Other than a couple track meets – which city officials said can be rescheduled or moved with minimal inconvenience – no scholastic sporting events would be disrupted by the team’s home games.

County officials said the Portland Pirates minor-league hockey team has a similar break-even arrangement to use the Civic Center. Though the county collects concession revenue under the current lease, the higher cost of hosting hockey, compared to basketball, makes that arrangement sensible, said Civic Center general manager Steve Crane. 


March 24, 2008

A rendering of the office tower proposed by Joe and Greg Boulos. (image/courtesy Cumberland County)
A rendering of the office tower proposed by Joe and Greg Boulos. (image/courtesy Cumberland County)

County tables skyscraper plans
Plans to build a 12-story office tower next to the Cumberland County courthouse in Portland are now “off the table,” according to Assistant County Manager Bill Whitten. Developers Joe and Greg Boulos had hoped to secure a major tenant for the property, the law firm Pierce Atwood, in order to make the public-private deal work, but Whitten wrote in a March 21 weekly e-mail update that the tenant has decided not to move into the proposed building.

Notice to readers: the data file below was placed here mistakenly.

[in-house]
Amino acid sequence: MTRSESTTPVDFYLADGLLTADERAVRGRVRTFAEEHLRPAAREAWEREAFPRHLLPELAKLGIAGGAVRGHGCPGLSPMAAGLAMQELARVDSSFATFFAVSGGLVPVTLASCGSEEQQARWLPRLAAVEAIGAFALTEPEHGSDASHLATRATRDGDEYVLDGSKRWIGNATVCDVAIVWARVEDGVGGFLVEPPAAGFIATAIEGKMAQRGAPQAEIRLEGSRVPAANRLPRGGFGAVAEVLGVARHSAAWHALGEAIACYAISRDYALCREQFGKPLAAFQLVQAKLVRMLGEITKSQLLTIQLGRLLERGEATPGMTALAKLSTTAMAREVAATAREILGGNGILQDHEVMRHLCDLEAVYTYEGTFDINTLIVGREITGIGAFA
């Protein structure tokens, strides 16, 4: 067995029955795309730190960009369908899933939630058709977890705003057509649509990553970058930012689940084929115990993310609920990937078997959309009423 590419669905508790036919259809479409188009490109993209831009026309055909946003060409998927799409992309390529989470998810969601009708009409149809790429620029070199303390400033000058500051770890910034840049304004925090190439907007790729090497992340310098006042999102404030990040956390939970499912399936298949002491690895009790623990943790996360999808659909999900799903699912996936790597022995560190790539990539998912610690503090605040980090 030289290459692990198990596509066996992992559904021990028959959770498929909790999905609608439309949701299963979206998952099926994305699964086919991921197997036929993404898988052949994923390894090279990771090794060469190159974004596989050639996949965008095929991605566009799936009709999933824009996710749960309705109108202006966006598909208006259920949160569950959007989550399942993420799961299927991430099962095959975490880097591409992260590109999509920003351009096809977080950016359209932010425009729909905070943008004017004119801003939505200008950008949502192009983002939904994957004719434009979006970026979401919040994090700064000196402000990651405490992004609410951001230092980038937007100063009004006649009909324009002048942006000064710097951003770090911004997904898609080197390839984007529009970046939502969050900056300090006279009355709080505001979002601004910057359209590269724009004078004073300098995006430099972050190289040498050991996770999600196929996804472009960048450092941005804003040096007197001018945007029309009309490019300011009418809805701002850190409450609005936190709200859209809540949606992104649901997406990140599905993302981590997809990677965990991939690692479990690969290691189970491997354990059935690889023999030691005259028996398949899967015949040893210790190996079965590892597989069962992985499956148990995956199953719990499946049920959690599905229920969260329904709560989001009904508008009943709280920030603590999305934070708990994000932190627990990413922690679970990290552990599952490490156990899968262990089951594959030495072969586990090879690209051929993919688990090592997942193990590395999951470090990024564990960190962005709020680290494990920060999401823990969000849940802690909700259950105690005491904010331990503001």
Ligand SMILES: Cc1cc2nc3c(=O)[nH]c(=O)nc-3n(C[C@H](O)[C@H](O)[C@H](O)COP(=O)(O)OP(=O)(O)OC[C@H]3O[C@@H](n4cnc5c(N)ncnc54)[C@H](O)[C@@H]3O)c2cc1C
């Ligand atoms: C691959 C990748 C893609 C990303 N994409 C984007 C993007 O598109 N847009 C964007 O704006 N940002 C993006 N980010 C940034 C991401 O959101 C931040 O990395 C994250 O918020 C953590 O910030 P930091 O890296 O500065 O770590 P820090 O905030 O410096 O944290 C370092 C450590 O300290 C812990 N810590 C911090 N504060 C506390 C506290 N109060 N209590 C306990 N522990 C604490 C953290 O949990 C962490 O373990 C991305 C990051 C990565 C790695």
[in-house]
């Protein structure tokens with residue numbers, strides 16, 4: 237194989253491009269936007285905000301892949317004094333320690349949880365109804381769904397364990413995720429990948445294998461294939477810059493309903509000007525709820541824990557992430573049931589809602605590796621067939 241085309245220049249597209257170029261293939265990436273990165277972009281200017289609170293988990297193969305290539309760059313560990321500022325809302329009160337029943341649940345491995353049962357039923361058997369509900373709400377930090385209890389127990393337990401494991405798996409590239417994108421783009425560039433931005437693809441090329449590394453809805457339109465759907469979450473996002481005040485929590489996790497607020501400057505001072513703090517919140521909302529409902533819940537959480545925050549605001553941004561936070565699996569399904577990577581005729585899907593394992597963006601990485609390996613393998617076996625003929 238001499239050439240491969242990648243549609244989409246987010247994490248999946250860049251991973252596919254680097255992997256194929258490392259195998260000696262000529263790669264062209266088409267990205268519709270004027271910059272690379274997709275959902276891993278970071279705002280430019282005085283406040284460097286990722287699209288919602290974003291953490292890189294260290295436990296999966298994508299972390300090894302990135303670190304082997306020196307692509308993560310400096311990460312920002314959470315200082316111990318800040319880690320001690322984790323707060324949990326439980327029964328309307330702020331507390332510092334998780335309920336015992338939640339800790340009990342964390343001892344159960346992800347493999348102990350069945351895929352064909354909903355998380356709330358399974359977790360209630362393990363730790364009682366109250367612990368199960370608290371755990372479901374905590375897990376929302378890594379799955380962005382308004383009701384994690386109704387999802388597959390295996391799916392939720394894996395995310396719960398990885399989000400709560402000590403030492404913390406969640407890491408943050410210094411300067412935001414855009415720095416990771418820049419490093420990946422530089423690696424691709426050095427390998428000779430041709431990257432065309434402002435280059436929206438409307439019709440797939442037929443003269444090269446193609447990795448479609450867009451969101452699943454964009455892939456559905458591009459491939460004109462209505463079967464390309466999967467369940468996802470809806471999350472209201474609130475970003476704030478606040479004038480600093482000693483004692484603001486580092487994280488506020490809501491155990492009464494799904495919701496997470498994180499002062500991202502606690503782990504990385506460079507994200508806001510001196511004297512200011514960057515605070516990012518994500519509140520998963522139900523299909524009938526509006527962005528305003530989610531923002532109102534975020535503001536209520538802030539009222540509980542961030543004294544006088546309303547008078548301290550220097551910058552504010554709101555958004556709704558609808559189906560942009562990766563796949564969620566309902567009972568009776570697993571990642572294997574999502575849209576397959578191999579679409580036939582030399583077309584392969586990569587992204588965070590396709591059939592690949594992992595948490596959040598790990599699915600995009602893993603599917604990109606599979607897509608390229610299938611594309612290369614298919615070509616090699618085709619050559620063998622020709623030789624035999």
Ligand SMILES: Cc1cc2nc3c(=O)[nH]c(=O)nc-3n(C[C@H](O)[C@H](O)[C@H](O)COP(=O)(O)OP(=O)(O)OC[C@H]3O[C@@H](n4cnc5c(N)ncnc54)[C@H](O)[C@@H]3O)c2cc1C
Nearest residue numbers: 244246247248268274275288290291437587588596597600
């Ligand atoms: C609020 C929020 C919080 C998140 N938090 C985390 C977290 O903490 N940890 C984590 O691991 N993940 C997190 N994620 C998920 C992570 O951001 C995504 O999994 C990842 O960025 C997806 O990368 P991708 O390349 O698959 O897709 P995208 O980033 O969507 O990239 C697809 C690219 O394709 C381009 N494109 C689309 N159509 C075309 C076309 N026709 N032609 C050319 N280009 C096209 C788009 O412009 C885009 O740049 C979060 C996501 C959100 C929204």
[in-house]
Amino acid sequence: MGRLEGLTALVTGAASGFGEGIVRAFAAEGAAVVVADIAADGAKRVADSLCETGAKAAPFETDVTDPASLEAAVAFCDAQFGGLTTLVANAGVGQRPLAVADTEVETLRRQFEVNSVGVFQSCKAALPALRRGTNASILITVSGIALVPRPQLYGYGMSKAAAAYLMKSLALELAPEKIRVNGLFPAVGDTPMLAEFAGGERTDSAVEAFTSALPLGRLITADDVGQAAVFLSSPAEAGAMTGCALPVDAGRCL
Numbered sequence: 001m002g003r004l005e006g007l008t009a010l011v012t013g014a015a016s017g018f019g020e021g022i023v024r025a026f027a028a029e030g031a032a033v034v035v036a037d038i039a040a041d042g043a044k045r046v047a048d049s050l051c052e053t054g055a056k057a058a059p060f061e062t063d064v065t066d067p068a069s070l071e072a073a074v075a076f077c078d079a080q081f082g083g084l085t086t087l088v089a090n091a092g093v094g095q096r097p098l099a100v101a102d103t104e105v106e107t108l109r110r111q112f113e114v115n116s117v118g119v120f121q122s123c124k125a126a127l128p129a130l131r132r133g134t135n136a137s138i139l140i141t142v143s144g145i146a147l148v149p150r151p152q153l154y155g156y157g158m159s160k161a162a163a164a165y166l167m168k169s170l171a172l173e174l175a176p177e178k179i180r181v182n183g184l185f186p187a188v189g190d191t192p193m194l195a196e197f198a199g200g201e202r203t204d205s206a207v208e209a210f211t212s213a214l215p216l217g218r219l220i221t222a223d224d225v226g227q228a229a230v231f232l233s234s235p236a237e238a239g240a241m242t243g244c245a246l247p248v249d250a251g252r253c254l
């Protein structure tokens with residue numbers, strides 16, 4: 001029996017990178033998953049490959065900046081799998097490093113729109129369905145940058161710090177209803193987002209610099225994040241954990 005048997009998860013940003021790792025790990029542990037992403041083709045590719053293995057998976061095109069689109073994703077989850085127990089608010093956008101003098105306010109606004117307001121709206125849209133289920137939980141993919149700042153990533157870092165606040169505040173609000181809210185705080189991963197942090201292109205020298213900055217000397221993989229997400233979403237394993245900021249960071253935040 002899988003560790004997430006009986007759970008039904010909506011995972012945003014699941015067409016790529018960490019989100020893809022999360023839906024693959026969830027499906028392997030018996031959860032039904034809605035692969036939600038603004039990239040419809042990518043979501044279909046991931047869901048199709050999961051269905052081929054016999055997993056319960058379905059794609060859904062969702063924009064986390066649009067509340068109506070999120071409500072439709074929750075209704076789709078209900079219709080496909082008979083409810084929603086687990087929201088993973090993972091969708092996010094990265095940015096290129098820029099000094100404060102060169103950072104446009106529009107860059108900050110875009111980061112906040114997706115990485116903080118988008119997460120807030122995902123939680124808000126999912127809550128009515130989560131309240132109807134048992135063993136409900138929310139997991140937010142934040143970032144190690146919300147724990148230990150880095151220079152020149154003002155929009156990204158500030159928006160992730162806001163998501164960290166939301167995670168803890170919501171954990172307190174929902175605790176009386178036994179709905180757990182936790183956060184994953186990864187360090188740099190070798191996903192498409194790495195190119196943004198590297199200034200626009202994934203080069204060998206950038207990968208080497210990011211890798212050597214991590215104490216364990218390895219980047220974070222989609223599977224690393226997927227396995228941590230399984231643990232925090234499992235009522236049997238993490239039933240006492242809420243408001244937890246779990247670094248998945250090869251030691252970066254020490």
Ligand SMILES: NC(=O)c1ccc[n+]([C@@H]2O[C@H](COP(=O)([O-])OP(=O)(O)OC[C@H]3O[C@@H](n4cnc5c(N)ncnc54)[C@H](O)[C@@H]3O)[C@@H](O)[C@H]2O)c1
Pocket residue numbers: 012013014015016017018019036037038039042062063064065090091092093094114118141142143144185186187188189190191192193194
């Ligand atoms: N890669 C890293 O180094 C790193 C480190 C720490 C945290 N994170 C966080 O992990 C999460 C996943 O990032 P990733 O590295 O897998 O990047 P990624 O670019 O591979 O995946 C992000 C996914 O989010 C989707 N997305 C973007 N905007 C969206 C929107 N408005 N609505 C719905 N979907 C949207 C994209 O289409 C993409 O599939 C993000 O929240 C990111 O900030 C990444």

The skyscraper – envisioned as seven floors of office space atop five levels of parking – would have included offices for the district attorney’s operations and other county functions, which are said to be outgrowing facilities in the courthouse. It’s unclear how the county will proceed – Whitten himself was not sure.

The project faced a host of complicated issues when it was unveiled late last year. For example, it involved land sales or transfers between the county, the city and Boulos; a portion of adjacent Lincoln Park would have been used for traffic circulation; and its proposed height, at upwards of 180 feet, is about three times the limit set by city zoning.

“The ‘new building’ is on hold for the moment, until a new direction can be determined,” Whitten wrote. 


February 6, 2008

Cleaning up Wharf Street the easy way: a city street-cleaning truck after last call in the Old Port two summers ago. (photo/The Fuge)
Cleaning up Wharf Street the easy way: a city street-cleaning truck after last call in the Old Port two summers ago. (photo/The Fuge)